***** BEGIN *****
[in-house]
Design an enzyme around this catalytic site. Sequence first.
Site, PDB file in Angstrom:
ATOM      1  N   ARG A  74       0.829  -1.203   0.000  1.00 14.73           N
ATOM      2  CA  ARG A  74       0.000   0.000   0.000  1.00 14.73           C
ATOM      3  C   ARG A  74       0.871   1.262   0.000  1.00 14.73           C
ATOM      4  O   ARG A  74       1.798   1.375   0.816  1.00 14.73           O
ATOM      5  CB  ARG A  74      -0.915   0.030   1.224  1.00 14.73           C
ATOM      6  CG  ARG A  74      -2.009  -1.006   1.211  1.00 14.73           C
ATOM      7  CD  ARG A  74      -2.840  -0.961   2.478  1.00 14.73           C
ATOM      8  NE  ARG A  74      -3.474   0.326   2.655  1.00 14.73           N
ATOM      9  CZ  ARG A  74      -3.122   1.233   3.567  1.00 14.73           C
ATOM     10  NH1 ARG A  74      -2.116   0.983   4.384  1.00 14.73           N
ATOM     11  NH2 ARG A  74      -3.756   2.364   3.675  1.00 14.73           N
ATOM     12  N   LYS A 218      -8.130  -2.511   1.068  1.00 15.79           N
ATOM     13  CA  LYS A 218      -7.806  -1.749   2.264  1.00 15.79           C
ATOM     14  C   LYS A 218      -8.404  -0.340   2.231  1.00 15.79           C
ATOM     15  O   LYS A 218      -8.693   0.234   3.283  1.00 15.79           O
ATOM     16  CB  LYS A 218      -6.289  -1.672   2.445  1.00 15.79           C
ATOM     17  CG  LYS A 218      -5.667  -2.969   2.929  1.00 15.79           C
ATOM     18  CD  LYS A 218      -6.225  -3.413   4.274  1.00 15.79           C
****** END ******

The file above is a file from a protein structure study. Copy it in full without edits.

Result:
[in-house]
Design an enzyme around this catalytic site. Sequence first.
Site, PDB file in Angstrom:
ATOM      1  N   ARG A  74       0.829  -1.203   0.000  1.00 14.73           N
ATOM      2  CA  ARG A  74       0.000   0.000   0.000  1.00 14.73           C
ATOM      3  C   ARG A  74       0.871   1.262   0.000  1.00 14.73           C
ATOM      4  O   ARG A  74       1.798   1.375   0.816  1.00 14.73           O
ATOM      5  CB  ARG A  74      -0.915   0.030   1.224  1.00 14.73           C
ATOM      6  CG  ARG A  74      -2.009  -1.006   1.211  1.00 14.73           C
ATOM      7  CD  ARG A  74      -2.840  -0.961   2.478  1.00 14.73           C
ATOM      8  NE  ARG A  74      -3.474   0.326   2.655  1.00 14.73           N
ATOM      9  CZ  ARG A  74      -3.122   1.233   3.567  1.00 14.73           C
ATOM     10  NH1 ARG A  74      -2.116   0.983   4.384  1.00 14.73           N
ATOM     11  NH2 ARG A  74      -3.756   2.364   3.675  1.00 14.73           N
ATOM     12  N   LYS A 218      -8.130  -2.511   1.068  1.00 15.79           N
ATOM     13  CA  LYS A 218      -7.806  -1.749   2.264  1.00 15.79           C
ATOM     14  C   LYS A 218      -8.404  -0.340   2.231  1.00 15.79           C
ATOM     15  O   LYS A 218      -8.693   0.234   3.283  1.00 15.79           O
ATOM     16  CB  LYS A 218      -6.289  -1.672   2.445  1.00 15.79           C
ATOM     17  CG  LYS A 218      -5.667  -2.969   2.929  1.00 15.79           C
ATOM     18  CD  LYS A 218      -6.225  -3.413   4.274  1.00 15.79           C